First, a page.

A man counts Philippine Peso bills inside a store in Manila, Philippines. (Photographer: Hannah Reyes Morales/Bloomberg)

Philippine Peso Falls After New Central Bank Governor Says It's Near Top End of Band

(Bloomberg) -- The Philippine peso swung to a loss after the new central bank governor indicated that the currency is already trading close to the upper end of a band while reiterating there’s scope to ease monetary policy.

The peso fell almost 1 percent at the close in Manila to 52.70 against the dollar, a six-week low and the only loser among emerging-market currencies in Asia on Tuesday, after Bangko Sentral ng Pilipinas Governor Benjamin Diokno said it’s trading within the government’s forecast of 52 to 55. The currency also slumped 1 percent on March 5, the day after Diokno’s appointment.

In an interview with ABS-CBN News Channel, the former budget secretary known for his pro-growth policies said the central bank “won’t intervene as long as it’s within reasonable amount or bound.”

Diokno told the TV channel that slowing inflation, dovish comments from the U.S. Federal Reserve and stable oil prices give the central bank room to cut the policy rate as well as the 18 percent ratio of cash that banks must hold in reserve. “It could be 1 percentage point every quarter for the next four quarters,” he said on the reserve ratio.

The cost of government borrowing fell at an auction Tuesday following Diokno’s remarks, Deputy Treasurer Erwin Sta. Ana told reporters in Manila. The average yield of the 10-year bond fell to 6.196 percent from 6.875 percent coupon in January when the debt was first issued.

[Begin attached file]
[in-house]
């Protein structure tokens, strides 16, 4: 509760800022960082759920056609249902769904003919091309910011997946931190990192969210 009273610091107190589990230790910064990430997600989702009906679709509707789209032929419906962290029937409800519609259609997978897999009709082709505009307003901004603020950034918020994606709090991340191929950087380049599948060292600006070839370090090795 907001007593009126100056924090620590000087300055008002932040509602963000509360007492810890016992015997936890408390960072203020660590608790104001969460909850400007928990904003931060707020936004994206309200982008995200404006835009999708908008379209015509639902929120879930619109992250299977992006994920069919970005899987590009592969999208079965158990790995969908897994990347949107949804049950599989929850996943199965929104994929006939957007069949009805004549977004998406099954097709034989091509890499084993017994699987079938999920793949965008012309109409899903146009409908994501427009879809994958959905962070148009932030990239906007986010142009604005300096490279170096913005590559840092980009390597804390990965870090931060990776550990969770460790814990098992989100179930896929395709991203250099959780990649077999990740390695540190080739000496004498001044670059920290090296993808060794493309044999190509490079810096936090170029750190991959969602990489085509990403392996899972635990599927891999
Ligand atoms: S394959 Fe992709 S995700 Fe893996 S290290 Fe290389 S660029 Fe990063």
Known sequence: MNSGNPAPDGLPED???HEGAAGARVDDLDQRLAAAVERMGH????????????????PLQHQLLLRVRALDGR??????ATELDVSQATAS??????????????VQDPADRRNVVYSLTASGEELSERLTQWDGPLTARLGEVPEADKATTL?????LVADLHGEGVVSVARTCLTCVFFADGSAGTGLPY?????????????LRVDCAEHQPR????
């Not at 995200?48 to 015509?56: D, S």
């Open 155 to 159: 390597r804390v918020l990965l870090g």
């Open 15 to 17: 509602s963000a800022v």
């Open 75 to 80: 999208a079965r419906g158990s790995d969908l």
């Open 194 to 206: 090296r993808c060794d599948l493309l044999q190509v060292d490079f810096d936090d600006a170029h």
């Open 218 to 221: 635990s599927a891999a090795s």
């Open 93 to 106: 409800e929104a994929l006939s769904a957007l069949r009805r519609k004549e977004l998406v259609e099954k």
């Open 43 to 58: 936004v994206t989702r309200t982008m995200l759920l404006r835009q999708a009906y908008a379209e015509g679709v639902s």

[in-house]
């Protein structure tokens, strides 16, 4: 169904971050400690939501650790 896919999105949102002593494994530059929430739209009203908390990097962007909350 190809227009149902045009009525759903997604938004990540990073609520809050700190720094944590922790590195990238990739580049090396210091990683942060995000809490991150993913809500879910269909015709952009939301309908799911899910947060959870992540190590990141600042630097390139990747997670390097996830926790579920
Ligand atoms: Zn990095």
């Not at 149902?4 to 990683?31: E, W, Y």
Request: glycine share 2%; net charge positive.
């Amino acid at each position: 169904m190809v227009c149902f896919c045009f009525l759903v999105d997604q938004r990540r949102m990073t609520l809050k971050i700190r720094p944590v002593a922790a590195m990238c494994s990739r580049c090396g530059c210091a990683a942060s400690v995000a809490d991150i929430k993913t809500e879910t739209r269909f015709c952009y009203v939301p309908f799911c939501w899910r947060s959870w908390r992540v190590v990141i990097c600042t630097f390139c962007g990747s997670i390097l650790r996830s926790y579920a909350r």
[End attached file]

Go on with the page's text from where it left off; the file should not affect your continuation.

Analysts Insights

  • Steven Michael Reyes, head of trading and sales at Rizal Commercial Banking Corp., said Diokno seems to be tolerant of a weaker peso, given the currency’s forecast range he disclosed. Rizal Bank expects the peso to trade between 51.50 and 54.65 per dollar this year, with room to appreciate by year-end. “The market will continue to watch for signs whether the current BSP environment will be consistent with what it was before, or whether there will be changes.”
  • 52 to 55 pesos per dollar is the range that “the government economic cluster is comfortable with,” said Nicholas Mapa, senior economist at ING Groep NV in Manila. Diokno will “let it play within this band. He’ll pretty much see where the market goes and intervene as necessary,” he said. ING forecasts the peso will end 2019 at 54.04 against the dollar
  • “The level is not important; the question is how you smooth out volatility,” said Jonathan Ravelas, chief market strategist at BDO Unibank Inc., the nation’s largest lender. “It’s still a wait-and-see mode. We still have to look at what they will say. We have to wait until the next Monetary Board meeting”

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